CHRISTUS Health raises Zika virus awareness

Children's Hospital of San Antonio hosts free symposium on Zika virus

SAN ANTONIO – Heavy rain in May and the hot weather in June make for a combination ripe for mosquitoes.

With mosquitoes transmitting diseases like dengue fever, West Nile virus and now the Zika virus, CHRISTUS Health hosted a symposium Wednesday at Children's Hospital of San Antonio to educate the public and raise awareness about Zika.

"The Zika virus is going to be in your blood for seven to 10 days, so our recommendation is for those particular days to try to make sure you stay indoors," said Dr. Anil Mangla, assistant director of the San Antonio Metropolitan Health District.

Mangla said staying indoors is wise because once a mosquito bites an infected person, it can spread the disease to other people it bites. Doctors said that Zika can also be transmitted sexually.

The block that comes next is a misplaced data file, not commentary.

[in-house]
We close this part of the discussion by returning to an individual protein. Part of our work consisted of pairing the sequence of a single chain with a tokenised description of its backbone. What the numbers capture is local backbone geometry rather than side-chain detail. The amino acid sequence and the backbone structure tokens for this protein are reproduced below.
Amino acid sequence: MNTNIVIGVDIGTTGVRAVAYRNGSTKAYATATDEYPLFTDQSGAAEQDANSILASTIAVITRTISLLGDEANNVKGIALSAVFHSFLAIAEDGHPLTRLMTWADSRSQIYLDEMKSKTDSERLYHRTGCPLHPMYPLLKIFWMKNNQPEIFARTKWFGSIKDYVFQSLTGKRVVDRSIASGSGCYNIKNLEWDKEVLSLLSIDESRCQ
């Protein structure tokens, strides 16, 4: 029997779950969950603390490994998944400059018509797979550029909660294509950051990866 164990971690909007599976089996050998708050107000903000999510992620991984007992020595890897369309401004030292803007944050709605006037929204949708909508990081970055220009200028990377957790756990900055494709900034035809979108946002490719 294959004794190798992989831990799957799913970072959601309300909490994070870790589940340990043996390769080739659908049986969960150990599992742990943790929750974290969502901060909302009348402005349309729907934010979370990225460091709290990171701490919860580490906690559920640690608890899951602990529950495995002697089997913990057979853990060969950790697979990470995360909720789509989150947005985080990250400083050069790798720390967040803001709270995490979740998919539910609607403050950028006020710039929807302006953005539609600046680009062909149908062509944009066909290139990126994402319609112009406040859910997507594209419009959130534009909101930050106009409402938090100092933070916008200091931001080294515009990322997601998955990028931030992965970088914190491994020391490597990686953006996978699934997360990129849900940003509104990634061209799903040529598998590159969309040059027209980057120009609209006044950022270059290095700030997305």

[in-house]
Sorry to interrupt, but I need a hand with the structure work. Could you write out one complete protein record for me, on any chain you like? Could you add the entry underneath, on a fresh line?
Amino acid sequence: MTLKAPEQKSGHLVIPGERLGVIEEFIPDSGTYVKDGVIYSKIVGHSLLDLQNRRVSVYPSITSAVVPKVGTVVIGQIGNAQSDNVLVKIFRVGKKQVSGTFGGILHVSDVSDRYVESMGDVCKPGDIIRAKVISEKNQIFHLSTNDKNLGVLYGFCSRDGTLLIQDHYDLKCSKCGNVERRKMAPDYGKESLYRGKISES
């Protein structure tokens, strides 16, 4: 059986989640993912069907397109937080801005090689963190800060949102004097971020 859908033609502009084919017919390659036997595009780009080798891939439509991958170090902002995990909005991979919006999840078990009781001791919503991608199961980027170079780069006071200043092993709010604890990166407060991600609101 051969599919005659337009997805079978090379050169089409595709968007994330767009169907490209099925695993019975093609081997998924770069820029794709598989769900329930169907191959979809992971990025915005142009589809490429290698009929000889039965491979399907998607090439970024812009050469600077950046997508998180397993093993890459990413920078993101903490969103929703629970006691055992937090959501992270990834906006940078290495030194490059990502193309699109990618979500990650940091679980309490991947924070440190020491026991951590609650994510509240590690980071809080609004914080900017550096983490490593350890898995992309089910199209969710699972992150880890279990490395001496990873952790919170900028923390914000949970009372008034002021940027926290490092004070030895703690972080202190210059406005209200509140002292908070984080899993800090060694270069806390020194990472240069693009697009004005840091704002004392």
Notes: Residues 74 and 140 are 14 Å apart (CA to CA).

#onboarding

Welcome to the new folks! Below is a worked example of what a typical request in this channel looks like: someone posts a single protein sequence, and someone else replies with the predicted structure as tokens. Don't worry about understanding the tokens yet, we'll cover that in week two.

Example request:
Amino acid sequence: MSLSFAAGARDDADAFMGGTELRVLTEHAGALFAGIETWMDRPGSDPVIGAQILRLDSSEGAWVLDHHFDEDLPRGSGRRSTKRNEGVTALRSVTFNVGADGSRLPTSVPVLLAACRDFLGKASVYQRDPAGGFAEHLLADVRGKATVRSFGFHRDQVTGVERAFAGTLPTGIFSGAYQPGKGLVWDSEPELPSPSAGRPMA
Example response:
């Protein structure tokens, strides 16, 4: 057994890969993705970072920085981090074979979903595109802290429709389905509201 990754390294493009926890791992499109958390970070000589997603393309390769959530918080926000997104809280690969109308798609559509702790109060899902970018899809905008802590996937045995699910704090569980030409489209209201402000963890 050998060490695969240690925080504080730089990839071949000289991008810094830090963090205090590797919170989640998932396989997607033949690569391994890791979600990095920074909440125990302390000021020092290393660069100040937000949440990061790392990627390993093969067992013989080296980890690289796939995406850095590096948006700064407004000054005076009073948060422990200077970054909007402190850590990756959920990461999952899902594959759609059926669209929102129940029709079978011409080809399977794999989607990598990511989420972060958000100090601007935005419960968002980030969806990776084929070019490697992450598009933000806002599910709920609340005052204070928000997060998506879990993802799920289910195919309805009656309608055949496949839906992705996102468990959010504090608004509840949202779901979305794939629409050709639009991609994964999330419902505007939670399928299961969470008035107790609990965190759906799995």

"There's still a lot that's not known, so the recommendation for women who are thinking about getting pregnant that are coming from an affected area or have a partner in one of those areas, is to wait at least 8 weeks," said Dr. Marisol Garcia-Hodge, chief of obstetrics at Children's Hospital of San Antonio.

Metro Health officials said at this time, the risk of catching the Zika virus in San Antonio is very small.

"We have seven confirmed cases. We have about 49 that were negative, and 16 that are pending. Every one of those cases was acquired internationally," Mangla said.

But he said it's always better to be safe than sorry.

Thirty-three percent of mosquitoes in Bexar County are Aedes aegypti, the type known to transmit the Zika virus.

Doctors said the best prevention tips are to use mosquito repellent and to get rid of any containers filled with standing water.

Metro Health officials said they are aggressively monitoring Zika cases and the local mosquito population for the virus. They said anyone who suspects they might be carrying the virus should see a doctor to get tested.